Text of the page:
There is no argument to combat the strike that is more old-fashioned and more conservative than this. Since the beginning of the strike mobilizations, conservatives, that is, those who do not want the strike to promote any change in reality, especially because of the balance of consciousness that the achievement would generate, inspiring new mobilizations, this has always been advocated.

But, concretely, only when normality is disrupted – and this is the effect of the strike – do conservative forces find themselves forced to establish social dialogue.

Delegitimizing the strike with this argument, knowing, as we know, or should know, that no concrete change in reality for the benefit of the working class was promoted without tension, and, furthermore, without even envisioning that an effective form of struggle would not radicalized this would be, it serves only to keep things as they are and still place the blame on the oppressed because they have not found a way of fighting that “doesn't bother anyone, much less the oppressors”.

“Students must understand the budgetary difficulties that prevent something from being done abruptly and immediately”

The argument is based on a legally correct assumption. There are, in fact, budget limitations. But the budget “deficit” is not a legal determination but rather the reflection of enormous management variations, which begin, including, with the broader policy, at national and state level, of breaking ties of solidarity and the social security system. that characterize the Social State, covered by the Federal Constitution of 1988.

In recent years, since 2014, public universities have been induced to solve the problems of budgetary “deficit” through management shocks of a neoliberal nature, promoting, above all, the reduction of personnel and increased outsourcing, which has generated unequivocal worsening of working conditions and poor education.

The students on strike are denouncing how much these policies are causing them concrete harm and, therefore, trying to delegitimize the mobilization for the very reasons that generated it makes no rational and logical sense.

The students are making the complaint, as, moreover, the teachers' and civil servants' unions had been doing for years – and they were not solemnly ignored (perhaps due to the absence of strike mobilizations ). It is up to administrators to listen, dialogue and seek solutions that begin with an express break with the neoliberal policies adopted until then.

The solution may not be simple, but this does not delegitimize the strike and does not undermine its opportunity, because without it none of this would be publicly and widely discussed. The fact is that without the strike this process of precariousness and implementation of neoliberal management techniques contrary to the objectives and purposes of a public education institution, would continue, silently, following its normal course and deepening ever more, for the benefit of interests of private investment and its capitalist rationality.

“Social rights are programmatic, that is, they can only be fulfilled if the economic order allows it”

A reading of the 1988 Federal Constitution would be very useful for those who, based on postulates established in the period from 1945 to 1966, still express this view.

The Federal Constitution of 1988, although it maintained the capitalist society model, did so with the assumption of the consolidation of an authentic Social State, which, basically, at least in terms of program, changes this logic.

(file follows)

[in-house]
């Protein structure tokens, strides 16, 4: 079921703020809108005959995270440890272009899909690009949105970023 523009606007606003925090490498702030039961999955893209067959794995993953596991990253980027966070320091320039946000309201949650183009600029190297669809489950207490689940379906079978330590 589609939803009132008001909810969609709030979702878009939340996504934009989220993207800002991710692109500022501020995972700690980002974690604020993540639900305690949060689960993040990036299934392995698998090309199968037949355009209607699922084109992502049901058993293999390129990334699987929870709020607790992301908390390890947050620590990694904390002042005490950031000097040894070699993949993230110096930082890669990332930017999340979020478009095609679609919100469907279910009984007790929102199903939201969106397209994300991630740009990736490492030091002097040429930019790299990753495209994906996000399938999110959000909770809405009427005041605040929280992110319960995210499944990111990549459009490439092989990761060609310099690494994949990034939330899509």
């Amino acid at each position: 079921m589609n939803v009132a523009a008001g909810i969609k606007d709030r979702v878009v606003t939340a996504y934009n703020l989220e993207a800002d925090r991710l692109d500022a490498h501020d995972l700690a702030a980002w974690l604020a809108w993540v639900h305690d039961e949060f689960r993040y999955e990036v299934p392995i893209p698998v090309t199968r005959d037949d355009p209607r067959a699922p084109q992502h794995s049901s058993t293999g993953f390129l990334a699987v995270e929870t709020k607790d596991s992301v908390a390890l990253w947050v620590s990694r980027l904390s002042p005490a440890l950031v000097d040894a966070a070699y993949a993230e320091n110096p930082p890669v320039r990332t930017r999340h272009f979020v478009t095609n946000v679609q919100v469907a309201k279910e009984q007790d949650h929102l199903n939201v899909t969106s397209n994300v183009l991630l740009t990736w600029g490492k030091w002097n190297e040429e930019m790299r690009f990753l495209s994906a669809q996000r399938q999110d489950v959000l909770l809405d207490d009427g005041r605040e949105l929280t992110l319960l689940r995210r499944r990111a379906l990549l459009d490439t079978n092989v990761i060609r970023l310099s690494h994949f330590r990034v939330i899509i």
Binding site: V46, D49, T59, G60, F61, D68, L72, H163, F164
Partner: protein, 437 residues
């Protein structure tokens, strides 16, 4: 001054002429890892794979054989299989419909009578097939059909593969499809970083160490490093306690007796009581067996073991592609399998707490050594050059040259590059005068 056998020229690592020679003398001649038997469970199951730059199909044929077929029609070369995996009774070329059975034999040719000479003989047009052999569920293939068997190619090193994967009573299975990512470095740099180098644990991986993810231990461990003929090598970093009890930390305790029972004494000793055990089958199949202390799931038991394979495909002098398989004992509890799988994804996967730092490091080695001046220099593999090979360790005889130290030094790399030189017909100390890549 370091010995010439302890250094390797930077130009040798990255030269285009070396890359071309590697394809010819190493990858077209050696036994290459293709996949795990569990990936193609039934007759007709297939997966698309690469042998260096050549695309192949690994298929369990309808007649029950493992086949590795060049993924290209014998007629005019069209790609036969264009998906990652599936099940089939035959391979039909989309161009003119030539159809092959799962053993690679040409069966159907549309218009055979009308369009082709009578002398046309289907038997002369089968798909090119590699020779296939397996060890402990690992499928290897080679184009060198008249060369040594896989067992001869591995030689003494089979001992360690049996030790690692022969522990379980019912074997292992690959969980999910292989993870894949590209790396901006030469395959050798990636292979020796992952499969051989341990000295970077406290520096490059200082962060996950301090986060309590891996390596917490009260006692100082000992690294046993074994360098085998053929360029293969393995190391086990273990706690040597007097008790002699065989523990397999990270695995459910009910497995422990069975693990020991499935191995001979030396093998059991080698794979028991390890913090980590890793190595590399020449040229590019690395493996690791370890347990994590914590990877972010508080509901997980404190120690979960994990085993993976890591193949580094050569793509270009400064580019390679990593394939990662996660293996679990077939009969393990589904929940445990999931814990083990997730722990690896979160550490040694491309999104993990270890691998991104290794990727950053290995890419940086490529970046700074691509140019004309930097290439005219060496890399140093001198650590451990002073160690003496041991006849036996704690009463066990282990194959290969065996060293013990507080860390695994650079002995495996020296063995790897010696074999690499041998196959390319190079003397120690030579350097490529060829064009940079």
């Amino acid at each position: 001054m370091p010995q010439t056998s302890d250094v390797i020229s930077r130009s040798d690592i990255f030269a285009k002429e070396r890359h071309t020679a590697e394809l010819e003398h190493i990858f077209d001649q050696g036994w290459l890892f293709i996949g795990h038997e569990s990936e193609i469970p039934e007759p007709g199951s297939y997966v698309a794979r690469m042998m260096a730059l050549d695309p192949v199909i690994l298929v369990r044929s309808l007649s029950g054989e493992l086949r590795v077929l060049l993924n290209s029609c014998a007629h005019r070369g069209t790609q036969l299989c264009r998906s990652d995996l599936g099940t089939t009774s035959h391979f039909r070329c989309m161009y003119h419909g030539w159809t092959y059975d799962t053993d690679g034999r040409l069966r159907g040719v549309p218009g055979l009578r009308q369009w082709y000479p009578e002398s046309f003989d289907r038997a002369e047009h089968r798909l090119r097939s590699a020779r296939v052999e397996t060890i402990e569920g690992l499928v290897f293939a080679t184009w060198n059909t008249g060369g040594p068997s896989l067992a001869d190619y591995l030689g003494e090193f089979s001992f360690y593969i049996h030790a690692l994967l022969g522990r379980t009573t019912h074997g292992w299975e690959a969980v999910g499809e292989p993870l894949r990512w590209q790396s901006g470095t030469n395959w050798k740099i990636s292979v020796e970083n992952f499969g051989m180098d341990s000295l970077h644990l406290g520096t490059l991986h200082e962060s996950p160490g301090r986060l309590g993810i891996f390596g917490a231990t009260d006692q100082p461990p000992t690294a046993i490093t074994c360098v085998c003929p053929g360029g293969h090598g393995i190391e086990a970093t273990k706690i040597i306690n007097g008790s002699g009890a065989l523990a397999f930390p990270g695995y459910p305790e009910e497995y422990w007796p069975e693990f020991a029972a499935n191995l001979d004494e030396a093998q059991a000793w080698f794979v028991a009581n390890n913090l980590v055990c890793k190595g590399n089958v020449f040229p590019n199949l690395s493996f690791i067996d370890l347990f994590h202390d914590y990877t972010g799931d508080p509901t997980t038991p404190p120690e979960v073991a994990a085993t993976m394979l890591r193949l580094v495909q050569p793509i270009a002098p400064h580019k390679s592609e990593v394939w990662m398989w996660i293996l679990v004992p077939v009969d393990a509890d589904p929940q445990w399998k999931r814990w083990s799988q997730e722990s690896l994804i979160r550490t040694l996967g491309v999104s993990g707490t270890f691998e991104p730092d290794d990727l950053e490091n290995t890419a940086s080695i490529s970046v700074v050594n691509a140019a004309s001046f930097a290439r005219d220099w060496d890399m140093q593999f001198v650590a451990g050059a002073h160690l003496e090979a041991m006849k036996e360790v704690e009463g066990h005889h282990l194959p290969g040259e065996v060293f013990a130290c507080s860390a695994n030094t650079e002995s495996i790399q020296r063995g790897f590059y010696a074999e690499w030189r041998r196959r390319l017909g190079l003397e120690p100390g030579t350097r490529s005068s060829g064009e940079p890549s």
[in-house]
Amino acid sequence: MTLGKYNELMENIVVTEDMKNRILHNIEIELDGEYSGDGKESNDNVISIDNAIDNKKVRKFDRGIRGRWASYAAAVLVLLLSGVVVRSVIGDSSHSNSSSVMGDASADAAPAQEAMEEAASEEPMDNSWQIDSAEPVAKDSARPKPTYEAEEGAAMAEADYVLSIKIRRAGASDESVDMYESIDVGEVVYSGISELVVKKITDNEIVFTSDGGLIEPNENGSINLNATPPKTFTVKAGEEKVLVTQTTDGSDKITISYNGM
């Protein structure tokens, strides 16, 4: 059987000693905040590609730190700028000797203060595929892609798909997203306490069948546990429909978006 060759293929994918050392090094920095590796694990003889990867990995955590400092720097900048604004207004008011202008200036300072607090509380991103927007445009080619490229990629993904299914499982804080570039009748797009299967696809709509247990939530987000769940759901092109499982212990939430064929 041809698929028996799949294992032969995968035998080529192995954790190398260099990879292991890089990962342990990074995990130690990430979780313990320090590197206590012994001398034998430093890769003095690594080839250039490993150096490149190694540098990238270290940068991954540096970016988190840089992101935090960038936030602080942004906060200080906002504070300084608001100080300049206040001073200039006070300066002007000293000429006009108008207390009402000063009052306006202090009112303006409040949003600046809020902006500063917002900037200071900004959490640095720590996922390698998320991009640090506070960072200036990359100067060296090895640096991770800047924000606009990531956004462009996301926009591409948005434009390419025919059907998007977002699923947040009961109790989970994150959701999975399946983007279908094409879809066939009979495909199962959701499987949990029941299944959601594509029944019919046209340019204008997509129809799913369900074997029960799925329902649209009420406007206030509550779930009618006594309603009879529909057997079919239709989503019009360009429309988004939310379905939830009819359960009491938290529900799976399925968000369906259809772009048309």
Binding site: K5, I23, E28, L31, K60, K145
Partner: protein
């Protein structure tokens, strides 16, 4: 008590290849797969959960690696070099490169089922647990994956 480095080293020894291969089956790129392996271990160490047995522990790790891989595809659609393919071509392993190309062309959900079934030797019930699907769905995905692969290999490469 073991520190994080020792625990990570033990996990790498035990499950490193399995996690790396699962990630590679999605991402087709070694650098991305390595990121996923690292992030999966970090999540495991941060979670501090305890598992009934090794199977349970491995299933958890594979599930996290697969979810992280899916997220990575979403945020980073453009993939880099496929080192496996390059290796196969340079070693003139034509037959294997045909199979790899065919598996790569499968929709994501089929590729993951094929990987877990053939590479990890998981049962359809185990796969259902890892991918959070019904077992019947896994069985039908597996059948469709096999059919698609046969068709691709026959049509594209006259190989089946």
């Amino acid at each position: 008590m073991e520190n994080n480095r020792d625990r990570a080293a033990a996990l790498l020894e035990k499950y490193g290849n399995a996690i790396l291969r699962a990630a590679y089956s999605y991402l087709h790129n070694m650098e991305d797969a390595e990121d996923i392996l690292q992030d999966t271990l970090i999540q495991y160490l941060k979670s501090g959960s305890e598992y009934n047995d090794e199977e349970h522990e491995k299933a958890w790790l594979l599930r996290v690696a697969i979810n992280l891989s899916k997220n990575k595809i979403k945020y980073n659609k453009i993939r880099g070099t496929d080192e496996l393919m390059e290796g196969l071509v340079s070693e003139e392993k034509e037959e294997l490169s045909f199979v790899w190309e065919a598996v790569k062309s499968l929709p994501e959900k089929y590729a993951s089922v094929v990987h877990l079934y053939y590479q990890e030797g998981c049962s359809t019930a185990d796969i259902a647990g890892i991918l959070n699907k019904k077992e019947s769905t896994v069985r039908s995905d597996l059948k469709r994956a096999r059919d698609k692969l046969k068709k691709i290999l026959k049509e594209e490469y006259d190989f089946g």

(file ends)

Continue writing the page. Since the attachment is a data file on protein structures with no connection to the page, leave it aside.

The Brazilian Federal Constitution, promulgated in 1988, as a result of the political struggle of workers against the dictatorial regime and the economic and legal degradation of which it was a victim in the 60s and 70s: (a) elevated labor rights to the level of Fundamental Rights (Title II); (b) expressly and unequivocally made a commitment to building a “free, fair and supportive” society; (c) aimed to “guarantee national development”, “eradicate poverty and marginalization and reduce social and regional inequalities” and “promote the good of all, without prejudice based on origin, race, sex, color, age and any other forms of discrimination”; (d) established as the foundation of the Republic “the dignity of the human person” and “the social values ​​of work and free enterprise”; (e) subordinated the economic order to the “valuation of work”, in order to “ensure everyone a dignified existence, in accordance with the dictates of social justice”.


(i) The intention to continue classes and abuse of rights.

Having removed the supposed legal bases to support the arguments, what remains is only the revelation of the true intention of its proponents, which is, precisely, to impose their individualist and conservative worldview, and to do so, it is imperial to prevent the success of the strike, which is often situated in the very ability to perceive reality and in the balance of the collective organization. Destroying the validity of the movement, calling strikers irrational, violent, undemocratic, “criminals”, is a mechanism to prevent this emancipatory effect that every strike, whether successful or not in its postulates, has the great potential to produce.

This intention even attracts a new legal dimension, which is that of abuse of rights, as without serving the protection of any legally qualified interest, it ends up serving, solely, to cause harm to those who join the strike. In the case of a student strike, the effect of continuing classes, as stated, represents a way of punishing the strikers, denying them the right to access information transmitted in the classroom, which can only be denied by the teacher or a teacher who defends this continuity, denying the very quality and usefulness of her teachings in the classroom.